Title: ‘Avarice’, Anonymous (after Guillaume de Deguileville), The Pilgrimage of the Lyfe of the Manhode; and, The Pilgrimage of the Sowle, fol. 63r
Place: Lincolnshire, England
Date: c. 1430
Medium & technique: Pen and ink drawing on parchment
Dimensions: 265 x 185 mm
Themes: Monstrous – Marvellous
Collection: State Library of Victoria, Shelf no. RARES 096 G94
This unsophisticated yet arresting drawing depicts the sin of Avarice, personified as a loathsome hag. It appears in a manuscript that includes the first two of a trilogy of allegorical dream visions by the French poet Guillaume de Deguileville (1295–1358) adapted in Middle English by an unknown author. The narrator of the text is a naïve pilgrim who resolves to embark on a journey to the heavenly Jerusalem after seeing it in a vision. His spiritual pilgrimage is aided by the staff of Hope, the satchel of Faith, and Grace Dieu, a beautiful woman. His progress is fraught with dangers, including a succession of female monsters representing the seven deadly sins. The largest and most dangerous is Avarice, who is also accorded the biggest illustration. According to the text, this monstrous creation grasps all she can with her six hands, her ‘giving’ hands having been cut off into useless stumps. On her head is perched a small mawmet or Mahoun, ‘my god in whom I believe’, presented as the heretical false idol of the Muslim enemies of Christianity. Avarice’s ardour for possessions generates so much heat that she pants like a dog, her leprous tongue lolling from her mouth. Deguileville’s representation of all the sins as female is unusual, and plays into themes of alterity, the foreign and the ‘other’. Described in the most abject of terms, his personification of the sins as the ‘monstrous feminine’ reinforces the medieval view of women as vice-ridden agents of the devil.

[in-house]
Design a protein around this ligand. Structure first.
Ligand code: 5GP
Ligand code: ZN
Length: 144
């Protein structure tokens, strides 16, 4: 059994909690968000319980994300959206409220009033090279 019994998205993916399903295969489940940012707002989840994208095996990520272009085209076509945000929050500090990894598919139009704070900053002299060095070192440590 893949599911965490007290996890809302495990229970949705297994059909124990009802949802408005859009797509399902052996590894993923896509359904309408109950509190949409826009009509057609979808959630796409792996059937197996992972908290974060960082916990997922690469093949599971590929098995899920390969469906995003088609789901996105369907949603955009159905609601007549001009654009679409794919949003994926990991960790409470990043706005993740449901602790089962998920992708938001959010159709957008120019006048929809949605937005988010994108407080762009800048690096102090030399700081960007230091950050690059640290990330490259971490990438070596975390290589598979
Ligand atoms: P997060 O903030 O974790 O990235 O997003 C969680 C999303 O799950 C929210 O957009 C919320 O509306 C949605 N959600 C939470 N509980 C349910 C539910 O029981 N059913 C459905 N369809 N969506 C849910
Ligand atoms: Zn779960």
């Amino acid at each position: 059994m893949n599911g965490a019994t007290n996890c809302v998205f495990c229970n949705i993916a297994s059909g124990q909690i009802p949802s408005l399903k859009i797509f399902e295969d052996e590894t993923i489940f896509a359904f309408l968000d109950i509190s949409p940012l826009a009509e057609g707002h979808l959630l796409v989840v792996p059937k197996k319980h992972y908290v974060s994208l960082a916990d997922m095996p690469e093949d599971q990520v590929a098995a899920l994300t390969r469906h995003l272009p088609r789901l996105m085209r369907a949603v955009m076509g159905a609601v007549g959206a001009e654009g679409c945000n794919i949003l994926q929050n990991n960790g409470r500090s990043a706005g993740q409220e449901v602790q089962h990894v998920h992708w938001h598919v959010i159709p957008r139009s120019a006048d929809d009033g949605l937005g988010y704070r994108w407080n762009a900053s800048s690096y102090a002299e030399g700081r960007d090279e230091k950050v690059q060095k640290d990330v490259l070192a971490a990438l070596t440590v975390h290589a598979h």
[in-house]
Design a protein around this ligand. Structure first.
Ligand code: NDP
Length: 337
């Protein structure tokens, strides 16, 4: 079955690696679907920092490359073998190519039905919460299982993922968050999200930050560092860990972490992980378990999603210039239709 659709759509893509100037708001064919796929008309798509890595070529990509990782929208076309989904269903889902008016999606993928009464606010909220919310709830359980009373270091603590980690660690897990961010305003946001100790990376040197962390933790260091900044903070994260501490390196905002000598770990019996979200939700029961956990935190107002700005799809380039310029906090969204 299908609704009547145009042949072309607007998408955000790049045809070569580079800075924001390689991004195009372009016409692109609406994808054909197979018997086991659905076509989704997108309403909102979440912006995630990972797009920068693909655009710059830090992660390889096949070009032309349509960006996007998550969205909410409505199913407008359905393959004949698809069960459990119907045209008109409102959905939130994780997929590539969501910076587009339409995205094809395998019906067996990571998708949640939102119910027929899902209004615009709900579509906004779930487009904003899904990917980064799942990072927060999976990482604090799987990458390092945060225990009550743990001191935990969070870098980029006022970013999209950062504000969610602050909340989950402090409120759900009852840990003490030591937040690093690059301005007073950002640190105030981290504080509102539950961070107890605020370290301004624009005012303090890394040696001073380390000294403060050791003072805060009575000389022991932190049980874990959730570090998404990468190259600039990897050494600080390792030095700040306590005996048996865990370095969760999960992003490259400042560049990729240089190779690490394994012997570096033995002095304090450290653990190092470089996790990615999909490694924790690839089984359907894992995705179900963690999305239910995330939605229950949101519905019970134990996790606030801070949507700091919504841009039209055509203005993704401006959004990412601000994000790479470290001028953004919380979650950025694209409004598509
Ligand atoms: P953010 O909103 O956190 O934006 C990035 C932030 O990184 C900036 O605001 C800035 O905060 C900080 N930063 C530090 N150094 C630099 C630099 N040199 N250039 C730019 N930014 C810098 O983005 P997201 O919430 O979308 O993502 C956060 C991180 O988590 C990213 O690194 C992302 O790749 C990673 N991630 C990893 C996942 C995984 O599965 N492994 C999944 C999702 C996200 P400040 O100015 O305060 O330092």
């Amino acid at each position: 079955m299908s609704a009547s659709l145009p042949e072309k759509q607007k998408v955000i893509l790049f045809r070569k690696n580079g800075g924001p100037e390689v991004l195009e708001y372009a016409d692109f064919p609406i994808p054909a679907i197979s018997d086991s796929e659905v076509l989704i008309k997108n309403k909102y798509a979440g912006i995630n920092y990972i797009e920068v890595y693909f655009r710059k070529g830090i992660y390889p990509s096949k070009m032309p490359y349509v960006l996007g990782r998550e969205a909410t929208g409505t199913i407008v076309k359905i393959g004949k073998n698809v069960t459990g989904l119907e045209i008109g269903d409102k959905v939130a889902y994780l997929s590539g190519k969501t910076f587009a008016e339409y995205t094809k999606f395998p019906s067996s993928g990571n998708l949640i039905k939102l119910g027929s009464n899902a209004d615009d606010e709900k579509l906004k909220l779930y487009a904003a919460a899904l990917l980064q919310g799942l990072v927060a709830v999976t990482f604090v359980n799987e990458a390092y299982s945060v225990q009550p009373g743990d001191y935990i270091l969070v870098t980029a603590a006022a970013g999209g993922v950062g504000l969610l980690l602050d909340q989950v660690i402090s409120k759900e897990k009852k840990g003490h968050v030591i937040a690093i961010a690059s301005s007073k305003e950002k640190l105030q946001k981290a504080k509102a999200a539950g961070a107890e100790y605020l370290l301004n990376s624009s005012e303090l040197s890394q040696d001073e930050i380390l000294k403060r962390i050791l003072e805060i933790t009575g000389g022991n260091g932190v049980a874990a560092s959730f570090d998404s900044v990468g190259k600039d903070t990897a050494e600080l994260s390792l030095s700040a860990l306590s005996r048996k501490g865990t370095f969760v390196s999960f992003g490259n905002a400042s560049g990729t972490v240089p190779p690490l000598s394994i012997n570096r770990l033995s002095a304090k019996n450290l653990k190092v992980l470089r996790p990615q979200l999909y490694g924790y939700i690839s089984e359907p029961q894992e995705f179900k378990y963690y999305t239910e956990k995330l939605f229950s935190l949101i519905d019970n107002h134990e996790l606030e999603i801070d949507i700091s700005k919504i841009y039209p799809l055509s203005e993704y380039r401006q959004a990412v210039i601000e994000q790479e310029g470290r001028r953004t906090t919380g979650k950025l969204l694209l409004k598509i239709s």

Hilary Maddocks, University of Melbourne
Avril Henry, ed., The Pilgrimage of the Lyfe of the Manhode (London: Early English Text Society for Oxford University Press, 1985).
Hilary Maddocks, ‘Seeing is Believing: Reading the Deadly Sins in Deguileville’s “Pilgrimage of the Lyfe of the Manhode” in the State Library of Victoria,’ in Imagination, Books and Community in Medieval Europe, ed. Gregory Kratzmann (Melbourne: Macmillan Art Publishing, 2010), 204-211.